It's funny, I have already spent 10 years driving practically everyday. This is common as an American. It is not common in Berlin.
I loved driving when I started at 16, taking my Bronco II - named Charlie - too fast around turns. Some of my best teenage memories are just driving with Charlie. It was my first love affair. But eventually, Charlie had to be put down and driving just got old. I relied on Ian for driving once we lived together, but still had to commute to work, waiting for the Ballard bridge to come down and Seattle traffic to unjam. I was pleased to switch to U-Bahn, S-Bahn, tram, bus, bike, and leg in Berlin. I hardly miss the car.
BUT (of course there's a but) we have some amazing friends with a car. The best of both worlds! They suggested a camping trip in the Spreewald. Camping is one thing I do miss like mad and so we eagerly utilized Ian's German skills to call & see if any sites were available.
Ian: "Are there any camping spots available this weekend?"
Campsite: (laugh) "No."
Ian: "Are there any camping spots available in the coming weeks?"
Campsite: "No, there are no spots for the rest of the year!"
Oh. That's why I don't camp here. I guess it's not surprising, they're German after all. There's an old joke that Germans are first to the shaded chairs at the beach. Each day you get up earlier and they are already there, putting on their sunscreen and preparing for the sun to come up.
So - daytrip? Off we went to Lübbenau.
It does, however, have a bad ass forest with a canal system that would make Amsterdam jealous. We wanted to boat.
|The Engs - the friends with a car! (Not their only wonderful attribute) And Ian.|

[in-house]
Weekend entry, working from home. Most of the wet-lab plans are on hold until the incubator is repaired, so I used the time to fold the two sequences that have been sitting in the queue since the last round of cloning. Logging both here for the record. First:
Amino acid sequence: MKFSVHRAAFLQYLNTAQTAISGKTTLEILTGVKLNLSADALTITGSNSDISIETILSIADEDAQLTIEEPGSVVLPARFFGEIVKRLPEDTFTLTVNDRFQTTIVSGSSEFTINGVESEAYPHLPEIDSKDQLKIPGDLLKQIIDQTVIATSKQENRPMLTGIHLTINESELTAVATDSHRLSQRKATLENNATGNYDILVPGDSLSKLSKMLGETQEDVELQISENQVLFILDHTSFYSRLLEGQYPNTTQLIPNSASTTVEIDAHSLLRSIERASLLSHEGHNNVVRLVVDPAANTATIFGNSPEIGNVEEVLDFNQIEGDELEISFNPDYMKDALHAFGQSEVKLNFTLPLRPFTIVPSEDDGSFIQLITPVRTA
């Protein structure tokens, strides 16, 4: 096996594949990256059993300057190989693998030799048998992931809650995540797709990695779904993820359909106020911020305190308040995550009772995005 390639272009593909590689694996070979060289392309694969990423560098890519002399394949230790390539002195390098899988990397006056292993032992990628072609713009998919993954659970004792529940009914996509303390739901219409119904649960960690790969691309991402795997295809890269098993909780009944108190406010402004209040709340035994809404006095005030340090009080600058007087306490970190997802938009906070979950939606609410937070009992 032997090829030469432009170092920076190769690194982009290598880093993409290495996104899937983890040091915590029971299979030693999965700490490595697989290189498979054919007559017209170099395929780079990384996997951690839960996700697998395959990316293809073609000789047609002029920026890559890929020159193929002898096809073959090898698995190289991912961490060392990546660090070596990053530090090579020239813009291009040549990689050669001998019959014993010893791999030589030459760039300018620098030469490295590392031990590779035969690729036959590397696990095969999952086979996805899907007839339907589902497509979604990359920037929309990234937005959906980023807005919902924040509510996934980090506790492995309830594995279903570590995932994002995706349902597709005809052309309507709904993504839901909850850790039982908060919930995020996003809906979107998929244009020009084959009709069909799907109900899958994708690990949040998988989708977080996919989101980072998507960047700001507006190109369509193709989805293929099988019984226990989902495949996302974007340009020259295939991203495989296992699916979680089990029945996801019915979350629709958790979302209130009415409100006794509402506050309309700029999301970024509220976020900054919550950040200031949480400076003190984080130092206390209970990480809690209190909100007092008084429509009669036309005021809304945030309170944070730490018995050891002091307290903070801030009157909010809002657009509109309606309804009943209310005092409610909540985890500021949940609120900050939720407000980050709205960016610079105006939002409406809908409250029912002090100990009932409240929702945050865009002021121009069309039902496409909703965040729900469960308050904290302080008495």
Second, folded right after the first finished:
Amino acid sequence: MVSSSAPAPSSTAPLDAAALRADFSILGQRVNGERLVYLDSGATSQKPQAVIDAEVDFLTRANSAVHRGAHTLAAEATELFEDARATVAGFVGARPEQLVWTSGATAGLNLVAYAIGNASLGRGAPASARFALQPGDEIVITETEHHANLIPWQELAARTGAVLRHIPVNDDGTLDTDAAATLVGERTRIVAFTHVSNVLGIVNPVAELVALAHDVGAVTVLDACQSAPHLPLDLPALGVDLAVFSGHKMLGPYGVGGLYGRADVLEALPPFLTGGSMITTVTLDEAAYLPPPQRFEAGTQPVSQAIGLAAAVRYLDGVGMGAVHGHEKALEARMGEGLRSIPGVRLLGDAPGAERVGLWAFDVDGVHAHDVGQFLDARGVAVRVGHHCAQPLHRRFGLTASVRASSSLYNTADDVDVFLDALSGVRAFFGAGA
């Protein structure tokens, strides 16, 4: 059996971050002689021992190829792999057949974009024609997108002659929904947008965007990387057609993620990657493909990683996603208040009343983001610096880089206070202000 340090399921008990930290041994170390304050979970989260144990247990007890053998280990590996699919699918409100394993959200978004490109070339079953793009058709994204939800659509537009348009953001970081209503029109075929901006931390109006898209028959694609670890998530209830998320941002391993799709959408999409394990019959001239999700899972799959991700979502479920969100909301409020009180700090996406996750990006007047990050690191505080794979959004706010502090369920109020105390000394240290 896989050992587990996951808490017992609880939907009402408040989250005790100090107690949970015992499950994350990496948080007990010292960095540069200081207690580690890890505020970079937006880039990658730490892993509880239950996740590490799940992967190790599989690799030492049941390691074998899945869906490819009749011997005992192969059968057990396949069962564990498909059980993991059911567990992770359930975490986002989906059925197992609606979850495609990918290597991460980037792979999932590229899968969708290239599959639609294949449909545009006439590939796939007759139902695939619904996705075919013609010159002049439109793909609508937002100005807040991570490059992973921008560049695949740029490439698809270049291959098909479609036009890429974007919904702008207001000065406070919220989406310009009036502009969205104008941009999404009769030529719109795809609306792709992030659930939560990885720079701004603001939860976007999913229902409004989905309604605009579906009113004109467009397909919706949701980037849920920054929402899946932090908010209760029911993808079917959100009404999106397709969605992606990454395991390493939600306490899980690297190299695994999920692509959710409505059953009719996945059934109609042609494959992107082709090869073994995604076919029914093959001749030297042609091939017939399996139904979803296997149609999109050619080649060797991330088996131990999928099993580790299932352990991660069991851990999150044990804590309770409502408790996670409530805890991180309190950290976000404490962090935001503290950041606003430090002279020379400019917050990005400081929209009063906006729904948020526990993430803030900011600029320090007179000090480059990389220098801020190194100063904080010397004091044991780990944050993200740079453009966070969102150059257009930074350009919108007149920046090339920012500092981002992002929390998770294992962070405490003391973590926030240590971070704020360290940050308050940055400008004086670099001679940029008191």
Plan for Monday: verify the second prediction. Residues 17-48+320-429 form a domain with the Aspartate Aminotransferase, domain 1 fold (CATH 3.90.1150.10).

...and immediately into the side of the canal. We were pretty tragic as we took off, bumper boating off of either side. I am pretty sure the boat rental regretted not getting a deposit. We had been outfitted with helpful maps of routes and had opted for the 2 hour path. Canals were clearly marked (there was literally a Suez Canal) and as we slowly got the paddle/rudder situation under control (no thanks to Ian - he was seriously sending us careening into other boats/reeds with his rudder work) we slowly made our way around.
It was truly beautiful. And tiring! After an hour we all agreed the boats could easily be improved with a tiny motor, just for the slow parts. It's a canal, not a river, so all motion is of your own. Although the canals were busy (passing was hazardous, especially with the big commercial boats) there were long stretches where it felt like we were decades from any kind of civilization.
Ian & Kirstie, our compatriots, told us the canals freeze in the winter and work as bike routes. Wahnsinn! I am torn between wanting to try it, and imagining my fall from bike onto ice in slow motion. Each boat cost us 11 euros for about 2 hours by canoe. Not bad!
The town is also famous for it's pickles and we learned another peculiarity about the English.They don't eat pickles (they called them gherkin) by themselves. They said they had them on sandwiches and such, but never just bit into one. Maybe I've been outta the US for too long, but I swear that almost every sandwich comes with a big fatty side of dill pickle (ohhhh! Katz's Delicatessen in NYC). We sampled classic pickle, garlic pickle, and even a horseradish pickle. I also picked up some apple flavored horseradish.
A delightful trip on all fronts. There are many more pics of us being ridiculous, but sadly missed snapping the drunk teen passed out in a boat, or the middle aged couple that got dumped in the water trying to get out.
So, Ian and Kirstie- where to next?
If you prefer interesting facts, history and stories to my self-indulgent meanderings (who doesn't), check out Ian's blog, A Year in Berlin. These Manchester transplants have been in Berlin for well over a year now and have explored some of the more unusual sides of the city and beyond.